Unfortunately, the new 2022 medical cannabis voter initiative is receiving staunch opposition. The Republican governor of Nebraska, Pete Ricketts, is partnering with a leading cannabis prohibitionist group to create TV ads opposing the initiatives, urging voters not to approve medical marijuana legalization.
Like medical cannabis, recreational marijuana is also illegal in Nebraska. However, simple possession of cannabis in small quantities is decriminalized.
First-time offenders caught possessing less than 1 oz of cannabis will not face prison time or have it marked on their criminal record. The state considers simple possession an infraction.
Second and third-time cannabis possession offenses are misdemeanors punishable by up to 5 and 7 days in prison, respectively. Fines of up to $500 might also be handed out.
On July 1, 2021, Senator Justin Wayne of Omaha introduced Nebraska Legislature Resolution 2 (LR2CA), a constitutional amendment that would place recreational cannabis legalization for adults aged 21+ on the 2022 ballot. The amendment bill is currently in the committee stage.
Can you purchase delta-10 THC, THC-O, or HHC in Nebraska?
Yes, you can buy delta-10, THC-O, and HHC products in Nebraska. All three are not listed as controlled substances under the state’s Uniform Controlled Substances Act, meaning their use, possession, sale, distribution, purchase, and production are legal under state law with no risk of penalty or prosecution.
Is CBD legal in Nebraska?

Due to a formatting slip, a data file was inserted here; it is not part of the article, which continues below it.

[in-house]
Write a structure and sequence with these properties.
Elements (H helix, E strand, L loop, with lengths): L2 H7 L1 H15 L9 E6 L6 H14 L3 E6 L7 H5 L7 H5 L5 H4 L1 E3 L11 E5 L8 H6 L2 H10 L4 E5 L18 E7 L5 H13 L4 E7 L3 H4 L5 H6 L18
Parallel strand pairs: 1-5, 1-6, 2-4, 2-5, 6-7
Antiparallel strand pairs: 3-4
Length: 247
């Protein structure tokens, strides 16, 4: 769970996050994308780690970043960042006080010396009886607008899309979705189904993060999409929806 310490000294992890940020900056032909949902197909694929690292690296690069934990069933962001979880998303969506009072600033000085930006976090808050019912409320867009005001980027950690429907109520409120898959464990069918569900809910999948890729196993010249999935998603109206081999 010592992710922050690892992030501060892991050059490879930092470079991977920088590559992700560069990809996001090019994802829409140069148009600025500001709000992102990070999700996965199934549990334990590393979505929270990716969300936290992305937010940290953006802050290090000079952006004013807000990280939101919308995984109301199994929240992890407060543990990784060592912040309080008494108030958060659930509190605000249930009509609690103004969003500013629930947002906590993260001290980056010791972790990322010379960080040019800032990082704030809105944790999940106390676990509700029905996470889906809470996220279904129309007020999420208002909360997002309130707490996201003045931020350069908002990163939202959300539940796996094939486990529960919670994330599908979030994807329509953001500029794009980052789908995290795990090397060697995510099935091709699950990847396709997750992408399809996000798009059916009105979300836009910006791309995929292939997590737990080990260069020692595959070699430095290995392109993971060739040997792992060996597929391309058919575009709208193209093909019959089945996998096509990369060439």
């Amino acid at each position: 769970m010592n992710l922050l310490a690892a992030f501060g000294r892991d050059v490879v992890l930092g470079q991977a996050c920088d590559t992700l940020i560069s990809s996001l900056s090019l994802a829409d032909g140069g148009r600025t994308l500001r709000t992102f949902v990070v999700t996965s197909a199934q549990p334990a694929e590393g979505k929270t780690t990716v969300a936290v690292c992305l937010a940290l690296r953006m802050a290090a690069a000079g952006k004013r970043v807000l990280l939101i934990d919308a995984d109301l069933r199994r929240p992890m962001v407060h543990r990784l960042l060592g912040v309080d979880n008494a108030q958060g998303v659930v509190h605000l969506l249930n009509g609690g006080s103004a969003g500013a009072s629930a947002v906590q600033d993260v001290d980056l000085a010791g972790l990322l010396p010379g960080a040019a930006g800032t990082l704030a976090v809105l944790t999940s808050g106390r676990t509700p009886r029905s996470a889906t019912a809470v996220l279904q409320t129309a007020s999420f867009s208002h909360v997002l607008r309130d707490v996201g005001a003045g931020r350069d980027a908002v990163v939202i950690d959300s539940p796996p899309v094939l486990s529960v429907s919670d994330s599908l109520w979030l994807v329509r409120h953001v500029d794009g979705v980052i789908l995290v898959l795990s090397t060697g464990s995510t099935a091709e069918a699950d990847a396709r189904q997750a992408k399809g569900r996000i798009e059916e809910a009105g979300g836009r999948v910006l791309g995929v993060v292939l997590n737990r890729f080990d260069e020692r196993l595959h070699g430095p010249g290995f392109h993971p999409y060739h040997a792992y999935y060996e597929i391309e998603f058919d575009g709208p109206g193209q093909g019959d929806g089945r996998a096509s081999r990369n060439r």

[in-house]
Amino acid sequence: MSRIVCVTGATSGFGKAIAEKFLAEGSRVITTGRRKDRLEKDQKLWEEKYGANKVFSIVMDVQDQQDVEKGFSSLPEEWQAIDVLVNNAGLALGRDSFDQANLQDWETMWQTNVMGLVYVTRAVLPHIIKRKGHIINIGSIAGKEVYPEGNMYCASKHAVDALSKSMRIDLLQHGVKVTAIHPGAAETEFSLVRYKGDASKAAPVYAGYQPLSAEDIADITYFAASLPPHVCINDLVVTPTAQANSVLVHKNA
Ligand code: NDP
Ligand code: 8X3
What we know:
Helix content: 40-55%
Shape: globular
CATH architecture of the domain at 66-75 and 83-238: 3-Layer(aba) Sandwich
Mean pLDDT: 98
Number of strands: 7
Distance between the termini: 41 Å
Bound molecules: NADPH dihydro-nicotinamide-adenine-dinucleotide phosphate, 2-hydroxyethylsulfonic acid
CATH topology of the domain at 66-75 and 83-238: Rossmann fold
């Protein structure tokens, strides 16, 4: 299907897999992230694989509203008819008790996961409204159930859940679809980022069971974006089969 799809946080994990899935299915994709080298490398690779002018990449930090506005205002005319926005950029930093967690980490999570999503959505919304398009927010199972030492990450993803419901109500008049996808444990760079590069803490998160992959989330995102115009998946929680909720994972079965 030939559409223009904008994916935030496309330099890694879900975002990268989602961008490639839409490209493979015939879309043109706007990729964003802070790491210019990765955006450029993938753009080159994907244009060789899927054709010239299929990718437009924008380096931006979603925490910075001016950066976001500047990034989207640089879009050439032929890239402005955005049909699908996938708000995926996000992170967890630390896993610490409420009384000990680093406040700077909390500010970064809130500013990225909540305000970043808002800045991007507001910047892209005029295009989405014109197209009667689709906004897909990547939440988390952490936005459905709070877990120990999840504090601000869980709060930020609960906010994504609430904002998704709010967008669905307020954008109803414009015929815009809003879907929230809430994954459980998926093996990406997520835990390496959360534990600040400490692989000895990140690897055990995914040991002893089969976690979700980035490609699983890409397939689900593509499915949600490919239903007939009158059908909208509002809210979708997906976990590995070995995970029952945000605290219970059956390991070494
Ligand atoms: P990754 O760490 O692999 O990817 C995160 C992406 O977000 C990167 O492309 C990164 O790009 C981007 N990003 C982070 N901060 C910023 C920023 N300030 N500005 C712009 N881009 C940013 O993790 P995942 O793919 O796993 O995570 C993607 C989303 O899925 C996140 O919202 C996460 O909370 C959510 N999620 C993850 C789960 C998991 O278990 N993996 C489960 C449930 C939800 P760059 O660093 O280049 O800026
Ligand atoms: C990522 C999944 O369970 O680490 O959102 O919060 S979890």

Yes, CBD is legal in Nebraska under state and federal law, provided it’s sourced from federally compliant hemp plants carrying no more than 0.3% THC. The legal status of hemp-derived CBD means the use, possession, sale, distribution, purchase, production, and manufacture of hemp CBD products are permitted within the state without fear of penalty or prosecution.
Nebraska legalized the production, cultivation, handling, and transport of hemp and hemp products on May 30, 2019, following the Nebraska Hemp Farming Act (Legal Bill 657), signed into law by Governor Pete Ricketts. The state later implemented the Nebraska Hemp Plan, assigning complete control of hemp production and cultivation to the Nebraska Department of Agriculture (NDA) in 2020.
This law defines hemp as a variety of Cannabis sativa, including the viable seeds of such plant and all derivatives, extracts, cannabinoids, isomers, acids, salts, and salts of isomers, whether growing or not, carrying no more than 0.3% THC (by dry weight).
Previously, Nebraska heavily regulated CBD. The state only allowed the University of Nebraska and Nebraska Medicine access to CBD for research and to create a small pilot program after Legislature Bill 390 in 2014.
This bill gave Nebraska medical patients with intractable epilepsy an opportunity to obtain low-THC CBD products in the form of Epidiolex — the first-ever FDA-approved cannabis medication.
CBD derived from marijuana is illegal in Nebraska. The state considers all marijuana compounds as Schedule I controlled substances under its Controlled Substances Act.
There is currently no upcoming legislation that will change the legality of delta-8 THC in Nebraska. However, since the Nebraska State Attorney General is currently reviewing delta-8’s legality in the state, we expect the introduction of new delta-8 bills in 2022.
Despite Nebraska’s poor history with cannabis, hemp-derived delta-8 is still legal, with no sign of law enforcement making arrests for the use, possession, sale, or production of delta-8 products. Right now, this is great news if you’re a keen delta-8 user. You can enjoy delta-8 products freely without fear of prosecution.
However, be under no illusion. State officials are not cannabis-friendly, and they certainly aren’t fond of intoxicating substances. We expect delta-8 to come under some scrutiny once the state’s attorney general finishes reviewing the legality of delta-8.